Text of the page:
Robert Alexander (attr.) HillingfordEngland 1828-1904
Othello and Desdemona 44.0821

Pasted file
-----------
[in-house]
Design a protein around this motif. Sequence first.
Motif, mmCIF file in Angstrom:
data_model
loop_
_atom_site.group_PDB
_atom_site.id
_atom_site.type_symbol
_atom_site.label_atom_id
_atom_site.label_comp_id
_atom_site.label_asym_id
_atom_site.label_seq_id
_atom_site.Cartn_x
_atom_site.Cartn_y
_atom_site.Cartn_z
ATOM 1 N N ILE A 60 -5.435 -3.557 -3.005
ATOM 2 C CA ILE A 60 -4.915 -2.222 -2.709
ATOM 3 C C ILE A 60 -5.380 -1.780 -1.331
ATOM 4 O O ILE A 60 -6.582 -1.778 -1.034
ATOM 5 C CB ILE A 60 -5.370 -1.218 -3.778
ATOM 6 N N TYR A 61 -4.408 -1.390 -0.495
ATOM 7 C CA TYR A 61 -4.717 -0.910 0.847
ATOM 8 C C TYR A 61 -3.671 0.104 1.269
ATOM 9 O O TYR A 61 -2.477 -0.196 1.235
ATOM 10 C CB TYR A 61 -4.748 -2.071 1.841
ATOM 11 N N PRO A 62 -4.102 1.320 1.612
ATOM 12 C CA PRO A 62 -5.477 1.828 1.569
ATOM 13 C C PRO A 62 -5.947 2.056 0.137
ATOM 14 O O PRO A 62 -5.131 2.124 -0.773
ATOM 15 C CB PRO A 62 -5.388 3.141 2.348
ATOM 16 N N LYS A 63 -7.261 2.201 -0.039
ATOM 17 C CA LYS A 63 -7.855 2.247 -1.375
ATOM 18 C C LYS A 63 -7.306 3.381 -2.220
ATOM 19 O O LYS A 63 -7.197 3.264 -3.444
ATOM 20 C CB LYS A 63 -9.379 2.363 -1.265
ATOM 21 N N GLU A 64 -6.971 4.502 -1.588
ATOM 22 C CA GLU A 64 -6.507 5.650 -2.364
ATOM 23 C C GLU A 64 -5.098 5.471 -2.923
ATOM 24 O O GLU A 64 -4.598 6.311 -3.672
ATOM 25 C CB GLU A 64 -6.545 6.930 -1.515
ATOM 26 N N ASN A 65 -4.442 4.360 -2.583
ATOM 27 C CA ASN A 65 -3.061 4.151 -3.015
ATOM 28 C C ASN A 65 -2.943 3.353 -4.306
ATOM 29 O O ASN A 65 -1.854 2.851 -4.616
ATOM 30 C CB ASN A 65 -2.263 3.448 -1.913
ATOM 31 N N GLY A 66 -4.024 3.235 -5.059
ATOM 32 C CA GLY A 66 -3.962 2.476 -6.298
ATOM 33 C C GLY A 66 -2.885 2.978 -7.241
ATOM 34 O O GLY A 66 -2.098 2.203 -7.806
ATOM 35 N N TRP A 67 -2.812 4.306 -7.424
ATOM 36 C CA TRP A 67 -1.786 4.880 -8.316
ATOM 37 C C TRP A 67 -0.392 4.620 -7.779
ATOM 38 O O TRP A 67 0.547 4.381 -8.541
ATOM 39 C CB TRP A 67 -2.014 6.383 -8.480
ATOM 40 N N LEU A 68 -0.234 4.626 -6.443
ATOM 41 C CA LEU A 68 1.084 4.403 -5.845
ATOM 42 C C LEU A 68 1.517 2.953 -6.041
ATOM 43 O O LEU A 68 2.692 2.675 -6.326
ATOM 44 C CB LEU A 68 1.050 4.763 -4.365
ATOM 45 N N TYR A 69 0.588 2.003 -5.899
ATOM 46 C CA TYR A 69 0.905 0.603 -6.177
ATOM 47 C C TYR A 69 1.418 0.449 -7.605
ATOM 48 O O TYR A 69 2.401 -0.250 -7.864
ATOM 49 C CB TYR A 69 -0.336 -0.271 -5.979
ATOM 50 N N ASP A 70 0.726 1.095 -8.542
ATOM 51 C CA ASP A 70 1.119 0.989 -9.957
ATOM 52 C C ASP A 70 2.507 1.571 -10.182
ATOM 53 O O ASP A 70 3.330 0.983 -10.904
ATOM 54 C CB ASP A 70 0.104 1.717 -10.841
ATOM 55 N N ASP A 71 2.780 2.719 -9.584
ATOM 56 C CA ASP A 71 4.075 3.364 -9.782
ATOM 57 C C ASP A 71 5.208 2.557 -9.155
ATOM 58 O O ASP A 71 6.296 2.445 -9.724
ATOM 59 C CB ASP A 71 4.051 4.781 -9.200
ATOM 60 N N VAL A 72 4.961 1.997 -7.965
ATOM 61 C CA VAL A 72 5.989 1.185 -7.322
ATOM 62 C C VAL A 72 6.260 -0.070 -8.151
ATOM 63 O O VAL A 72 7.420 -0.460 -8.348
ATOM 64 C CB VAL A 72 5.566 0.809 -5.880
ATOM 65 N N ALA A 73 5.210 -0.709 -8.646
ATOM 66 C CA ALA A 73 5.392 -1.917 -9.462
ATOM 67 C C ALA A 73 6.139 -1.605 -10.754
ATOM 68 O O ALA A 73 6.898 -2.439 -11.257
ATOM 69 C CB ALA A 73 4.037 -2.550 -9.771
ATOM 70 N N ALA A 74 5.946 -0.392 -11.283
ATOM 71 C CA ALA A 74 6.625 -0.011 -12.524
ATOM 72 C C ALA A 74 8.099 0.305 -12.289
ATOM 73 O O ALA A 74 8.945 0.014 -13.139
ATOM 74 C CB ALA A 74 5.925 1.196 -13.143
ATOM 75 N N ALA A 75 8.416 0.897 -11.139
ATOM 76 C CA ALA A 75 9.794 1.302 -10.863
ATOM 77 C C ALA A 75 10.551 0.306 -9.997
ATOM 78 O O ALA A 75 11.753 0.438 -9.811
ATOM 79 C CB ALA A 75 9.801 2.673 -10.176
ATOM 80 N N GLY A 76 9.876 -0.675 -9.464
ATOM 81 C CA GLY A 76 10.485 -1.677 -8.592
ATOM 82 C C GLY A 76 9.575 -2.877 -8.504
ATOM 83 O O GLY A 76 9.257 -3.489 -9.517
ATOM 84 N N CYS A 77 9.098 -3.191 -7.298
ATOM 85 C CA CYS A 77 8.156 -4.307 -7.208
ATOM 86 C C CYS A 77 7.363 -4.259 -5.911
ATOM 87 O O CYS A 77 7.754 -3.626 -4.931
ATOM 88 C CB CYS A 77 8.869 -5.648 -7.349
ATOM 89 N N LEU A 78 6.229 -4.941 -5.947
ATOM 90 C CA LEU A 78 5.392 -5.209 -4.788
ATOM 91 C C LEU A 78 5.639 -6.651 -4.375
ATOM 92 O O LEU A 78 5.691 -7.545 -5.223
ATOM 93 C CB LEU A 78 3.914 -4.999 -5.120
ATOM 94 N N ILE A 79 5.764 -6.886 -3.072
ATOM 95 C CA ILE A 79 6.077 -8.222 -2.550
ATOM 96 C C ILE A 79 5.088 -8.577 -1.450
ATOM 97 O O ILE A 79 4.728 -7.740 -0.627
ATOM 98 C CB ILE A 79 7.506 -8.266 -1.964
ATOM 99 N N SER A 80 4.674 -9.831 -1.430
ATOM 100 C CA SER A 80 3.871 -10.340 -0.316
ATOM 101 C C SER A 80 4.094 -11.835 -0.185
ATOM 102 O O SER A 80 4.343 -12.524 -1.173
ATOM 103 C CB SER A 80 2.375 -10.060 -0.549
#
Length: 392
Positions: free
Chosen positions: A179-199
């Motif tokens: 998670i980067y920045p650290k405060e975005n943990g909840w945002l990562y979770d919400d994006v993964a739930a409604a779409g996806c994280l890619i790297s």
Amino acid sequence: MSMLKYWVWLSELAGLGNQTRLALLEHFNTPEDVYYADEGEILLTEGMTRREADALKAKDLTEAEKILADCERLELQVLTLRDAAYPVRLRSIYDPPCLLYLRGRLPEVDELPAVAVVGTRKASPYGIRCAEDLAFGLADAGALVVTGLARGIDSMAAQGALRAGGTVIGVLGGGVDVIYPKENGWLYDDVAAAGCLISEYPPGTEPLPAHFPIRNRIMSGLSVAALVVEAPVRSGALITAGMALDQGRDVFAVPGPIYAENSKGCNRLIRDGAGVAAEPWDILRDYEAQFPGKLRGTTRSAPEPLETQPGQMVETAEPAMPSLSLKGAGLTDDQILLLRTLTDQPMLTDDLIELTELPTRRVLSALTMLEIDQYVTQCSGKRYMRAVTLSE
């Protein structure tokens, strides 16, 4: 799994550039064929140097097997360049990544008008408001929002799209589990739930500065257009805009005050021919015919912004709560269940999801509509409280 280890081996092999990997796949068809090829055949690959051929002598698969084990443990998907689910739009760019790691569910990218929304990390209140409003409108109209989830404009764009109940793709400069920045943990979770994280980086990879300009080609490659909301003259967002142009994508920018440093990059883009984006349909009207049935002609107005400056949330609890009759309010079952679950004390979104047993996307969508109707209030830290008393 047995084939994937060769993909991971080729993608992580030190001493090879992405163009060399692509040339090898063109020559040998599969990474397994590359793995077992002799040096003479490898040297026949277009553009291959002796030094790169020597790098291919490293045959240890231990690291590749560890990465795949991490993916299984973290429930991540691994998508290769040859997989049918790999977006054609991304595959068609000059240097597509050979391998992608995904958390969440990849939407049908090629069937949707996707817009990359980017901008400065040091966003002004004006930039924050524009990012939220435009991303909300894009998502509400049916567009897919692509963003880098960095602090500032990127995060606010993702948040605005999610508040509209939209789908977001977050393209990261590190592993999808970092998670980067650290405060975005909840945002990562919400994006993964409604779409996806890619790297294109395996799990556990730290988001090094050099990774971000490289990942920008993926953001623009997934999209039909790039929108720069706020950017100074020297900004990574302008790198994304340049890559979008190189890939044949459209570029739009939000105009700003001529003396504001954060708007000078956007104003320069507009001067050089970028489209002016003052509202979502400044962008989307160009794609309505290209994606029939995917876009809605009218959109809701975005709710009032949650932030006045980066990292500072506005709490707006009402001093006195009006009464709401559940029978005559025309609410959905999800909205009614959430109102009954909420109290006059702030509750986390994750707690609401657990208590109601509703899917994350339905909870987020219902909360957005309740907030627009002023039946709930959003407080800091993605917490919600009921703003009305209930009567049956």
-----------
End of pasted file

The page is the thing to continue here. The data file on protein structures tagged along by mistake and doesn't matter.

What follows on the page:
In this painting the newlywed Desdemona pleads with her husband, the military hero Othello, to reinstate his lieutenant, Cassio. Her maid Emilia and Emilia's husband Iago watch from a curtained doorway. The furnished chamber is full of accessories borrowed from 17th-century Dutch genre painting. The costumes are a combination of late 16th-century and imaginary Ottoman clothing. Elizabethans thought of Othello as African, or as a Moor (African and Arab). Hillingford portrays him as Arab, which was not uncommon in 19th-century performances of the play. Although the signature of Jean-Léon Gérôme appears on the back of the chair to the right, it is believed it was added to the painting before 1927 by someone wishing to assign the painting to a more well-known artist. Recent research on the painting has suggested Hillingford as the likely artist. Hillingford was one of many practitioners of the new genre of anecdotal history painting (painting of history fused with genre painting/scenes of everyday life) in the 19th century and drew much of his subject matter from British and French history. He studied painting in Düsseldorf, Munich, and Italy, returning to England in 1864. During the 1860s and 1870s, Hillingford painted many scenes from Shakespeare's plays and exhibited at least three works based on the play Othello, two of which date to 1869.
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